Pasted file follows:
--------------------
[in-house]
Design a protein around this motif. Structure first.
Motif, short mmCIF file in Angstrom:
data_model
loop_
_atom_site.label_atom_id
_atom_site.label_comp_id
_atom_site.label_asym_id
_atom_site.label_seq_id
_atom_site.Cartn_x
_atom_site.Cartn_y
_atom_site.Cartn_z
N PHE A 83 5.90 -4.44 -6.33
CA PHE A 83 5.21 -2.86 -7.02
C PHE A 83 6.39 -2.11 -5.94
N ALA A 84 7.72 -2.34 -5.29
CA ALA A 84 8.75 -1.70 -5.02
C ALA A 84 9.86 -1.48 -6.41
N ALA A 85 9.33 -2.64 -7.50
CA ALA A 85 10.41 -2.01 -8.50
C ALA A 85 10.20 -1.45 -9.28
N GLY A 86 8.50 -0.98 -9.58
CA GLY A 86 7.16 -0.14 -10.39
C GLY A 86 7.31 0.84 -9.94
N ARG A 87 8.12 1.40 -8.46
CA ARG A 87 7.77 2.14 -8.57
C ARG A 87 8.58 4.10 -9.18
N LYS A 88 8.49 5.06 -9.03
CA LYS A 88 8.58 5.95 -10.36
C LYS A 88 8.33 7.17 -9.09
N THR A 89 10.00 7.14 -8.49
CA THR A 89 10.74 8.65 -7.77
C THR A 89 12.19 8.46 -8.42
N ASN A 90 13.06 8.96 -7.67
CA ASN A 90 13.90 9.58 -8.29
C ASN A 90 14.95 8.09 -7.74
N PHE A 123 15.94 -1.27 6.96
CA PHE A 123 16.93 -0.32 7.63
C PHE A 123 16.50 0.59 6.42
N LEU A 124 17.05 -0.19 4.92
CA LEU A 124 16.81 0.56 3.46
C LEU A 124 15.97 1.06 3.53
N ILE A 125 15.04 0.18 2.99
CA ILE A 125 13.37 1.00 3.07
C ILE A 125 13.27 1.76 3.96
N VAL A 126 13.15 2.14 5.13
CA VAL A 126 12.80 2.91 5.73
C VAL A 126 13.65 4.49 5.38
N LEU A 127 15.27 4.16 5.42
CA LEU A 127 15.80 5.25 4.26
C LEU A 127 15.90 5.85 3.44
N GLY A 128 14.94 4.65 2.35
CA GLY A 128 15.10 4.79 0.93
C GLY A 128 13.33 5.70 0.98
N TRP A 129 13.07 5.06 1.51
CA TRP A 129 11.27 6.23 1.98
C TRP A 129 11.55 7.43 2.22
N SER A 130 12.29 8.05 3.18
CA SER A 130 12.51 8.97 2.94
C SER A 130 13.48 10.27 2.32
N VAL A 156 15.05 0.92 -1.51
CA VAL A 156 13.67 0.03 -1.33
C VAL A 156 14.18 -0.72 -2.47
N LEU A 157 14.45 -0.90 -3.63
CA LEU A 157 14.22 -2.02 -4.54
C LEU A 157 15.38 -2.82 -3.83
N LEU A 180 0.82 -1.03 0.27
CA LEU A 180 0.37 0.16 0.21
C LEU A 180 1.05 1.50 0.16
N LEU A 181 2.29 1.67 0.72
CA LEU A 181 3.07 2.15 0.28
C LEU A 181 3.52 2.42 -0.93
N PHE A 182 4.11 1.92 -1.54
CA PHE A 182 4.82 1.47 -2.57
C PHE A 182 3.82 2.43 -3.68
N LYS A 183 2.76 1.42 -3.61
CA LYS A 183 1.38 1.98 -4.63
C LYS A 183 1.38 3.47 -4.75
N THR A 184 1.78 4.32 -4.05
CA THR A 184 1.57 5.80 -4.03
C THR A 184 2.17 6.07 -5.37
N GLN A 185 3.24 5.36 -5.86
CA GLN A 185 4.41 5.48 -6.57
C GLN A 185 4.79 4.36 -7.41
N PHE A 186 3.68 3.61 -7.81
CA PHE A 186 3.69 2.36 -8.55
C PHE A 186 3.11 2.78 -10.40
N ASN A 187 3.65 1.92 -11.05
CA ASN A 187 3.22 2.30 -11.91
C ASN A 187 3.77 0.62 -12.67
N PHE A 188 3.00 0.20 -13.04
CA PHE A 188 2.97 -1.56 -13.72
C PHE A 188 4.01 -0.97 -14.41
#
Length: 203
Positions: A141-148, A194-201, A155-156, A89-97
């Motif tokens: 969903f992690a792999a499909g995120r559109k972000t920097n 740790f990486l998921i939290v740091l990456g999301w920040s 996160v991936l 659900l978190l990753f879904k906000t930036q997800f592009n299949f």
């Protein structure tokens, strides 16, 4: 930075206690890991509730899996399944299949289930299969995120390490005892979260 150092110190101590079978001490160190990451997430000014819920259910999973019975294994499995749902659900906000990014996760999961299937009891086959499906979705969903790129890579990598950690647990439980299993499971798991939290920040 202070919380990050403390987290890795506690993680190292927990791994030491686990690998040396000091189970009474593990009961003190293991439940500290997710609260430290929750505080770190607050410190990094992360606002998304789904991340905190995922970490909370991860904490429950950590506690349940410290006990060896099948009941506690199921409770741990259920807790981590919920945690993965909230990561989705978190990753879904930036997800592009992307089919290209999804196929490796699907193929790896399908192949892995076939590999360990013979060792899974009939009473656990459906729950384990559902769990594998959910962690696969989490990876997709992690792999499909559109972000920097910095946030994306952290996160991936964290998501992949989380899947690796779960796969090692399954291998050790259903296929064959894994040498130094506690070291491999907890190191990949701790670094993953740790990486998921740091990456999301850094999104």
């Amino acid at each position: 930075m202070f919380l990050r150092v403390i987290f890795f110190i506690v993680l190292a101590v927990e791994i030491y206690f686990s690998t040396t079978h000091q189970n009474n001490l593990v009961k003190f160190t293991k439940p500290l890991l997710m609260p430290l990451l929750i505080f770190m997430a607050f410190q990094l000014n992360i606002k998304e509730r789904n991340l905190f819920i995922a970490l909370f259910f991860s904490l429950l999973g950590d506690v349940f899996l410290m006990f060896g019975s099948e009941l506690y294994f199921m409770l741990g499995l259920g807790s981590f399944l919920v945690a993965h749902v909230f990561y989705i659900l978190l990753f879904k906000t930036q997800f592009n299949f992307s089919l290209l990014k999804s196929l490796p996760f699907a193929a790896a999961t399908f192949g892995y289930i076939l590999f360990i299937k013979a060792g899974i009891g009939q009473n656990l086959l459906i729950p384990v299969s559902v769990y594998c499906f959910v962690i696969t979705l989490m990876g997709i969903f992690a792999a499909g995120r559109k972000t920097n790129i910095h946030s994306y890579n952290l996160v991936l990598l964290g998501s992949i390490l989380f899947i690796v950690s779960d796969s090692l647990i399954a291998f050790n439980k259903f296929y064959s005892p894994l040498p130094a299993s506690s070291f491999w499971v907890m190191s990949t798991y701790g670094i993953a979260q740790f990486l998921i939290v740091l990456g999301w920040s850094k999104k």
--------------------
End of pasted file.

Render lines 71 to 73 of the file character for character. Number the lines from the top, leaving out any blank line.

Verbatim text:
CA LEU A 181 3.07 2.15 0.28
C LEU A 181 3.52 2.42 -0.93
N PHE A 182 4.11 1.92 -1.54